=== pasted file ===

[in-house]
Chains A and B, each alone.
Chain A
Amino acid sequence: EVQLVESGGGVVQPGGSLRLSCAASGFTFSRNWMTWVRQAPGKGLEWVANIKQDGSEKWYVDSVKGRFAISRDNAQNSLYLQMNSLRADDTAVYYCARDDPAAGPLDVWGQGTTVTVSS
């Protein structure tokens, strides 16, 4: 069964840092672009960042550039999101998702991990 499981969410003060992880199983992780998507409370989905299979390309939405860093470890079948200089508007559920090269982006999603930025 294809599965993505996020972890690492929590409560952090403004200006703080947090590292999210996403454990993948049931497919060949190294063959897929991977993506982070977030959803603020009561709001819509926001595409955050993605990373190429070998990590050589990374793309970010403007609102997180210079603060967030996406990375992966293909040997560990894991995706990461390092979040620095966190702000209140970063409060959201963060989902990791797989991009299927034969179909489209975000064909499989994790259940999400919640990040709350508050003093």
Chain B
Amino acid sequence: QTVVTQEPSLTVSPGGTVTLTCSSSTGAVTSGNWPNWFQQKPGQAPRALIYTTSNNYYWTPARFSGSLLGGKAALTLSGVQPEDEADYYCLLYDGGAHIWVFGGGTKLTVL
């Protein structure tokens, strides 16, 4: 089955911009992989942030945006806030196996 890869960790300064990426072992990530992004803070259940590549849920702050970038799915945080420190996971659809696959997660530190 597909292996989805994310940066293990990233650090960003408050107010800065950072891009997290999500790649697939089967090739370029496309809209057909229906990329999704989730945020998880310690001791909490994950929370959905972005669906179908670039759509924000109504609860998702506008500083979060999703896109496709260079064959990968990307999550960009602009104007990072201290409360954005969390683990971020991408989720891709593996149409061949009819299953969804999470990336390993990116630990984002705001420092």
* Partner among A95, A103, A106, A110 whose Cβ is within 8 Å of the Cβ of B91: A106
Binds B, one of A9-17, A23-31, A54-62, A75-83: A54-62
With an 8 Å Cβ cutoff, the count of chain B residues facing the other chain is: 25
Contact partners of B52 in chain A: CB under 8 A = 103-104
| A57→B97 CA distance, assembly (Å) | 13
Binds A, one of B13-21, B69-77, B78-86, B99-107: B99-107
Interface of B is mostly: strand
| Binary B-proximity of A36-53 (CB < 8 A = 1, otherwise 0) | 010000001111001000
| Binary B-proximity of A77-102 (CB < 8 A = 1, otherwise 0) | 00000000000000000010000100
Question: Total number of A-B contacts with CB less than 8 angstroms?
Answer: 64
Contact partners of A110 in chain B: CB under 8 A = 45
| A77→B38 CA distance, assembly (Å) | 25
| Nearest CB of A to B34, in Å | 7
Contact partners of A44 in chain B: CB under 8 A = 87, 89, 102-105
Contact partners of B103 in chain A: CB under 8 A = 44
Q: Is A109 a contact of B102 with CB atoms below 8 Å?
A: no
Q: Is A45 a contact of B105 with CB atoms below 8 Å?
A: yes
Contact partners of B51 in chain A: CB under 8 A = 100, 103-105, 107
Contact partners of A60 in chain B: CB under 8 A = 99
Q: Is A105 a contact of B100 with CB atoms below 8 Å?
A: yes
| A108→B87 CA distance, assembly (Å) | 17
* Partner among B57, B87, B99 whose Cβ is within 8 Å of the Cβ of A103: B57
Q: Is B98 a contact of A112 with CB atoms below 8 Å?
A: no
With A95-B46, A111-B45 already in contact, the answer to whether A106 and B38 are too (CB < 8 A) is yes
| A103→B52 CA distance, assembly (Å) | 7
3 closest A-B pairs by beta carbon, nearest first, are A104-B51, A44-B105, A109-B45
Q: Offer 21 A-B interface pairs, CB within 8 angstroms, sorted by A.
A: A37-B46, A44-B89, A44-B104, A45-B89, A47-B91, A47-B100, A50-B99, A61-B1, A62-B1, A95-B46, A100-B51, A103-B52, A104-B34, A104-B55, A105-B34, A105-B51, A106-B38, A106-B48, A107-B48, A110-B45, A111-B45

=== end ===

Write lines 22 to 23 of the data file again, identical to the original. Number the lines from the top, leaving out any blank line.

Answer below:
| Nearest CB of A to B34, in Å | 7
Contact partners of A44 in chain B: CB under 8 A = 87, 89, 102-105